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The Hawks shut down Isaiah Thomas by pretending the rest of the Celtics didn't exist

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The Hawks devoted its entire defense to stopping the Celtics' All-Star because they know no other Celtics player can hit an outside shot.

Jason Getz-USA TODAY Sports

Shooting has been a problem for the Celtics all season, even before Avery Bradley went down with a hamstring injury. Only two teams connected on fewer three-pointers than Boston this year, and that was with Bradley, a 36 percent shooter from deep, on the floor.

That's why losing him was such a devastating blow to the Celtics. It's not that Bradley is a once-in-a-generation shooter who can't be replaced. The issue is that he can't be replaced by anyone on Boston's roster. He's never been a knockdown shooter, but he's Boston's most proficient spot-up player and dangerous enough that opponents feel the need to respect him outside. Take him away from the Celtics, and you set off a chain reaction of consequences that make Boston, and especially Isaiah Thomas, easy to defend.

The Hawks knew this coming into Tuesday's Game 2 and executed their game plan to perfection. All night, their defensive scheme revolved around keeping multiple defenders near Isaiah Thomas to ensure the Celtics' dynamo wouldn't be the player to beat them. For Boston to even the series, someone else was going to have to catch fire from the outside. Atlanta's bet was that the Celtics had no one who could do so.

That turned out to be a wise wager.

Thomas was held to 16 points of 4-of-15 shooting. He misfired on nine of his first 10 attempts as the Celtics scored just seven first quarter points, the lowest total by any team in the first quarter of a playoff game since the shot clock was instituted in 1954. In total, the Celtics shot just 32 percent from the field in what turned out to be an embarrassing 89-72 Game 2 road loss.

Atlanta's plan was evident from early on in the first quarter. There were always multiple Hawks eyes on Thomas, whether he was pushing the ball off an Atlanta miss or receiving it at the top of key after zipping around multiple off-ball picks -- a tactic that Celtics head coach Brad Stevens hoped would help shift the defense's focus.

But the Hawks finished the season with the NBA's second-best defense rating (98.6) for a reason. They're big, fast, physical and fundamentally sound. It sounds a bit corny, but sometimes executing defensively is as simple as having cohesion on the floor. Thomas was never given room to operate or a lane to the rim. It didn't matter who was spotting up on his wing.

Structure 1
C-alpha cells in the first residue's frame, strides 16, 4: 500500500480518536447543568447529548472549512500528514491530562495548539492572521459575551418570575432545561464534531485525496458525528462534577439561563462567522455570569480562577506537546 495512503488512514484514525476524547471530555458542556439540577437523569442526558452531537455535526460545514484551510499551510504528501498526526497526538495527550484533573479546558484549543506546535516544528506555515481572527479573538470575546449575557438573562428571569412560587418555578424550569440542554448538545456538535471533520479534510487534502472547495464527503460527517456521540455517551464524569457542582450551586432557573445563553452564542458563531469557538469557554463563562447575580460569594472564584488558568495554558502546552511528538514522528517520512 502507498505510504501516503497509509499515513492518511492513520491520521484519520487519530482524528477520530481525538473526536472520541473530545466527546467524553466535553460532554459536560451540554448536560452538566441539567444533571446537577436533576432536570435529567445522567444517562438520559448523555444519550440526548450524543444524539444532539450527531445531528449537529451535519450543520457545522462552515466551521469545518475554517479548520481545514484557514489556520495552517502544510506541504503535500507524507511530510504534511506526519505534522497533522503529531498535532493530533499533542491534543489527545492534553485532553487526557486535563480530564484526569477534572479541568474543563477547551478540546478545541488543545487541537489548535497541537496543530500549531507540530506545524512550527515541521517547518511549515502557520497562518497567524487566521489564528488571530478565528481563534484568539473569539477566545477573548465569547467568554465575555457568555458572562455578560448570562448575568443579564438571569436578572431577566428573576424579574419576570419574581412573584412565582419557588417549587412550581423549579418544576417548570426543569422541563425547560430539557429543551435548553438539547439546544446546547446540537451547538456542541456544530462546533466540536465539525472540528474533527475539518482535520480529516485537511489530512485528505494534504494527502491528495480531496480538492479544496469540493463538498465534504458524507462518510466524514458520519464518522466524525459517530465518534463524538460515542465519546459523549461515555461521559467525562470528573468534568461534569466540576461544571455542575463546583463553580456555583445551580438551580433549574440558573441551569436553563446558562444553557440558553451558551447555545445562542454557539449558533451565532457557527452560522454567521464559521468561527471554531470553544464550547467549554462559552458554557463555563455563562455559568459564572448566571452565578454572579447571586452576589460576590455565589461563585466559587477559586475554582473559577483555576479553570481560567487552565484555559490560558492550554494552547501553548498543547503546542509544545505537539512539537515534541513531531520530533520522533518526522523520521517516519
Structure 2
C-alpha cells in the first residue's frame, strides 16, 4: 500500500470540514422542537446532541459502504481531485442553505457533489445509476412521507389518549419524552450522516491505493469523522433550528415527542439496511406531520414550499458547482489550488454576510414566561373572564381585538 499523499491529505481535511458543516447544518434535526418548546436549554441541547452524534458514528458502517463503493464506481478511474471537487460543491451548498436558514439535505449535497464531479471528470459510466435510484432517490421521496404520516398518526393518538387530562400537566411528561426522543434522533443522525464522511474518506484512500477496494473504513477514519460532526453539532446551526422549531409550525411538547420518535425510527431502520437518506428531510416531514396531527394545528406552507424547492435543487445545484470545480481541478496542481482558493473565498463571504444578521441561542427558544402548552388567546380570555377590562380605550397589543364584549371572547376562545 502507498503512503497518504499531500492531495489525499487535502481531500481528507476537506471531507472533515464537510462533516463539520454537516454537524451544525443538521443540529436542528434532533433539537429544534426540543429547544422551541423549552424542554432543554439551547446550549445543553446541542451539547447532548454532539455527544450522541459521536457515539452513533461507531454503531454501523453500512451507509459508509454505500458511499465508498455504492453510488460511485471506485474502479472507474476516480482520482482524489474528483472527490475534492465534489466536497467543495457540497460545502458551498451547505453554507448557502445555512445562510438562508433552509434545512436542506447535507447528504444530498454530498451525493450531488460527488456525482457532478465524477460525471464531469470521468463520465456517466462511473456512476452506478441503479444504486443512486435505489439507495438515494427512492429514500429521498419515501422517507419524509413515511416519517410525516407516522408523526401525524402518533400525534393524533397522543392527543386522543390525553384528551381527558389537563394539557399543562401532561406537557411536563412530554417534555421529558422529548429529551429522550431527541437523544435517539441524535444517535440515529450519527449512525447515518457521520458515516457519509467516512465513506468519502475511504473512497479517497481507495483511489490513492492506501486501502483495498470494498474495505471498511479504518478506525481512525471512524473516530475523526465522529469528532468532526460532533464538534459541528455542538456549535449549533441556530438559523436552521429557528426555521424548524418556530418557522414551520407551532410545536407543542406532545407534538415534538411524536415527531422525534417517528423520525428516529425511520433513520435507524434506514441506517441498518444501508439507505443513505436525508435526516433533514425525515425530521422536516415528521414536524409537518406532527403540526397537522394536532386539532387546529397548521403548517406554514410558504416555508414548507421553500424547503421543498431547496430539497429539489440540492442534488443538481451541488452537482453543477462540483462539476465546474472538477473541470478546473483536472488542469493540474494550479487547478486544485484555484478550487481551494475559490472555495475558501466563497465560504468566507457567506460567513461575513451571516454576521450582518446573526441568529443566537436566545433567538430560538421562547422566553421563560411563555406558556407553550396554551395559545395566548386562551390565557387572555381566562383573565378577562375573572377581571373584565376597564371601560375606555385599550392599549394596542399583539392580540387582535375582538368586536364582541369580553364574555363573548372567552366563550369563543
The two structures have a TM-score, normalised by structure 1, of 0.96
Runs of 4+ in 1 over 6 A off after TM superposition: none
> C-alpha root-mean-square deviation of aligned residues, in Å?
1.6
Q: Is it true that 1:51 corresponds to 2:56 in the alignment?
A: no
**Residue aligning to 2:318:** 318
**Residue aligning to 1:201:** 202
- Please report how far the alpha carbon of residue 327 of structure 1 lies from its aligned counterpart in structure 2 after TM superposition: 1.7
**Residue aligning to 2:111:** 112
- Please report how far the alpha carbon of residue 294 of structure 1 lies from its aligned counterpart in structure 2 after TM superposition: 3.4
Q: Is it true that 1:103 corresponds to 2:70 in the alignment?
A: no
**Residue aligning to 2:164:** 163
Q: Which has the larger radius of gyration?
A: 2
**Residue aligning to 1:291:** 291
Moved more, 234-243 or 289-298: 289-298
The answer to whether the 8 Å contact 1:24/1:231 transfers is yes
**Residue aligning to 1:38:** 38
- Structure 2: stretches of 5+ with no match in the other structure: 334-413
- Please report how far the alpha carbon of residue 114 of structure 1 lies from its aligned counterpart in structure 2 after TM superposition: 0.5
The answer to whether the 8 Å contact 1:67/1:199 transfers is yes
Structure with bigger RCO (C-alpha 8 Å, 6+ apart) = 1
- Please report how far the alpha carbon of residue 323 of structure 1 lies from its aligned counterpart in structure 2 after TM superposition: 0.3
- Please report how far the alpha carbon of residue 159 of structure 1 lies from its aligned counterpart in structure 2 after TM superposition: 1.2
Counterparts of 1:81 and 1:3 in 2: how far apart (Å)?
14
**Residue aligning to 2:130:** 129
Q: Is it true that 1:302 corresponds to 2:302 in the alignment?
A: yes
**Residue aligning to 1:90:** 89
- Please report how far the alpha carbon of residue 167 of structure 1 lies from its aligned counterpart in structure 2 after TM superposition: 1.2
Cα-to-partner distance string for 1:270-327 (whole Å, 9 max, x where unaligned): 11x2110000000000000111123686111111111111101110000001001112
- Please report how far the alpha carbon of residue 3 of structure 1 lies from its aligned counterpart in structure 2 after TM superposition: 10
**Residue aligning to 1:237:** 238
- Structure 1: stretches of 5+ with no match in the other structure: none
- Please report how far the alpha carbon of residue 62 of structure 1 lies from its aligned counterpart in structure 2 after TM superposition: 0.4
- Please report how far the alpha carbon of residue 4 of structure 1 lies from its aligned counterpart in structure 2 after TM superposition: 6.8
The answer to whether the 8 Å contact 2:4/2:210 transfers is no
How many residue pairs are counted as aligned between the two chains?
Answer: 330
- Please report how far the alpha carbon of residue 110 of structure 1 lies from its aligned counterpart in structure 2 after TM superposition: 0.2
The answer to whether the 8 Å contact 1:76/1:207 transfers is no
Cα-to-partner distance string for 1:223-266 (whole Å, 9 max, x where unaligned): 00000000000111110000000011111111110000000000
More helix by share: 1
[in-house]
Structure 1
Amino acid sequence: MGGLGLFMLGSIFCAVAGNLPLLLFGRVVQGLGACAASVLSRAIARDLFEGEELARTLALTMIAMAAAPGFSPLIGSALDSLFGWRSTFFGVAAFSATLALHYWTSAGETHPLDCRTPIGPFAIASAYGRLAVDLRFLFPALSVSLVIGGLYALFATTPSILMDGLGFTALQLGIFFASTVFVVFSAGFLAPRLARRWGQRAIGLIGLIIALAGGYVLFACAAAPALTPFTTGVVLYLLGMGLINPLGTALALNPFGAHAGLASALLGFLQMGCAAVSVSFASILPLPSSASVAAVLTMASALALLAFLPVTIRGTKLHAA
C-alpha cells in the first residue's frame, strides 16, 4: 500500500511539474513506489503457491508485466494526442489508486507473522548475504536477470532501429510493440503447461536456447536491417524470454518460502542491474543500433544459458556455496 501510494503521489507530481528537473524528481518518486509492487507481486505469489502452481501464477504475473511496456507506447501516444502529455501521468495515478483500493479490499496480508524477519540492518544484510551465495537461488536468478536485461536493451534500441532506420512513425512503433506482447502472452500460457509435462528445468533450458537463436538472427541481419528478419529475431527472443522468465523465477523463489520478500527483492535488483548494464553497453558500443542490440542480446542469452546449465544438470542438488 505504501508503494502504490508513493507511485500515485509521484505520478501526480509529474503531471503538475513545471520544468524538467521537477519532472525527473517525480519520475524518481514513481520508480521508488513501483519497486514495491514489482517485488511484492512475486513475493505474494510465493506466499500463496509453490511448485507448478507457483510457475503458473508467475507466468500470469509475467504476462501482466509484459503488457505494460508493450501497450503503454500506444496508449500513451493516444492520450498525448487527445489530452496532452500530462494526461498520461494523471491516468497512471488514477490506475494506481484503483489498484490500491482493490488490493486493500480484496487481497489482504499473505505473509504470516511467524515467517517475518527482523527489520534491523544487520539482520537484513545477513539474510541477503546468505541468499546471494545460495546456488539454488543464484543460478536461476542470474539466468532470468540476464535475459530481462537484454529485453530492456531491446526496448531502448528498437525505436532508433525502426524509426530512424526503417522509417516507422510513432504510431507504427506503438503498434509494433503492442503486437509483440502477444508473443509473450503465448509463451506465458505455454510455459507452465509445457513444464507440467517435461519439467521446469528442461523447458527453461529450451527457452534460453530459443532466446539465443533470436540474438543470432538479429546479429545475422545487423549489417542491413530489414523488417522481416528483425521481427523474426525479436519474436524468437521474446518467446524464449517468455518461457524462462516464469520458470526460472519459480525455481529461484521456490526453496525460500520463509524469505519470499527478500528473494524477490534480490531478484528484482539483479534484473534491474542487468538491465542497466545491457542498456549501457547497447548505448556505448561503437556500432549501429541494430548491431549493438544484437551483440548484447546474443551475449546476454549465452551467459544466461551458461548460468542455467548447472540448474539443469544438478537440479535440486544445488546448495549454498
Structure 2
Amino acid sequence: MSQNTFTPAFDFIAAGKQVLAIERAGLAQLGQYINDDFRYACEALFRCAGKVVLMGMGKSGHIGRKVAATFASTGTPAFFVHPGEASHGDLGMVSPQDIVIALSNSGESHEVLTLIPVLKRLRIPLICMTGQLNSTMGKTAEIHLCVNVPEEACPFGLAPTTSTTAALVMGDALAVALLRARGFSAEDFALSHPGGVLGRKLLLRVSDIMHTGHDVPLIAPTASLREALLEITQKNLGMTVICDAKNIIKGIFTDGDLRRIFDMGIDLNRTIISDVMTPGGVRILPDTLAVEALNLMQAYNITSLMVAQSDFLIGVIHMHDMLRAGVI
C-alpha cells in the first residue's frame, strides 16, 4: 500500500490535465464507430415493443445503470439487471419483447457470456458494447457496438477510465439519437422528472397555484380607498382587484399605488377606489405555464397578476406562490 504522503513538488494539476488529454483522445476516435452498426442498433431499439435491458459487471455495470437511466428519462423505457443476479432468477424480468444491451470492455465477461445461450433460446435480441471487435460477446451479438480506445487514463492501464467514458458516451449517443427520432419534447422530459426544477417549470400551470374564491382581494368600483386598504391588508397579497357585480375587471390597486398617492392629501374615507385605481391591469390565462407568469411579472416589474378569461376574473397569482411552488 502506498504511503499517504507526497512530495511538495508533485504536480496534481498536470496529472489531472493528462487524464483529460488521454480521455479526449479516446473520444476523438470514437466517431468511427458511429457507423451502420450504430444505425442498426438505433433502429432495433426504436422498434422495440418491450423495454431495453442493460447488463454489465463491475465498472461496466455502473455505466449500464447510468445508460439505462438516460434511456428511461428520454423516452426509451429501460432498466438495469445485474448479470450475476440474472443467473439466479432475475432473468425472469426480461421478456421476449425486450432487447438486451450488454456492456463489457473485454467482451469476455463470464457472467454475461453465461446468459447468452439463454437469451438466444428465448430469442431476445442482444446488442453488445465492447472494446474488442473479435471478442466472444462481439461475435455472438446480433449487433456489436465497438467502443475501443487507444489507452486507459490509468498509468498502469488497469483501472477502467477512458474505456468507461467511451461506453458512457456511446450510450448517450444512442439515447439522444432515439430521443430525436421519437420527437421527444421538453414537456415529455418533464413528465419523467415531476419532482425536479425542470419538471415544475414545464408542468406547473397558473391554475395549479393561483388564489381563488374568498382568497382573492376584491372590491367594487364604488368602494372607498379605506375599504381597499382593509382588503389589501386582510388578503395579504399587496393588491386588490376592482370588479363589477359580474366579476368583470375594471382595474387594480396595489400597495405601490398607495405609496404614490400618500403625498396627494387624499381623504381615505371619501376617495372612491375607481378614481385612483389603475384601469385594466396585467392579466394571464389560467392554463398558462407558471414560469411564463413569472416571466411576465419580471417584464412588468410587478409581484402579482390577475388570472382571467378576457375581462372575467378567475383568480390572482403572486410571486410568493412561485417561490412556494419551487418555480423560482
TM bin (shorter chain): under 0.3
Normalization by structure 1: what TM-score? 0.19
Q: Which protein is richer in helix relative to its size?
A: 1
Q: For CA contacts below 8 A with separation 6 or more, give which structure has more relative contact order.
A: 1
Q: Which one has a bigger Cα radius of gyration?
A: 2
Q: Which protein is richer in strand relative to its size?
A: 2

Some decision were easy for the Hawks, such as leaving Marcus Smart open from deep. Smart shot just 22 percent on catch-and-shoot three-pointers this season, per, and was even less efficient on Tuesday.

But Budenholzer didn't stop there. Even a competent scorer like Jae Crowder was permitted to fire away from the get go.

Crowder is a dangerous cutter and connected on a respectable 36 percent of his spot-up three-pointers this season, but he has struggled badly since returning from an ankle injury in late March. In this game, a few early misses sapped his confidence, as he finished 0-for-4 from deep and passed up a few other good looks. As a team, the Celtics finished just 5-of-28 from deep.

The Hawks took Tom Thibodeau's famous strong-side overload scheme, only they added some steroids to beef it up. They kept speedy point guard Jeff Teague glued to Thomas and used the length, guile and quick feet of Al Horford and Paul Millsap to wall off the paint.

No player in the NBA drove to the basket more frequently than Thomas this season, per, and yet he was unable to find even the tiniest of holes on Tuesday. The few times he did slither into the lane, the Hawks, who held opponents to a league-low 56.7 percent shooting in the restricted area this season, slid over and forced Thomas into difficult looks.

The Haws knew that the Celtics needed a big game from Thomas in order to win. He was Boston's primary offensive option all year, and his importance has only grown over the past week. With Bradley out and the stellar Atlanta defense staring at them from across the floor, the Celtics find themselves in an inextricable position.

Maybe Stevens can come up with a wrinkle or two to create some spacing, or perhaps Smart, Crowder or someone like Jonas Jerebko can get hot. Until then, though, the Hawks will devote all their energy to corralling Thomas. If none of Thomas' teammates can hit an outside shot, there's nothing he and Stevens can do.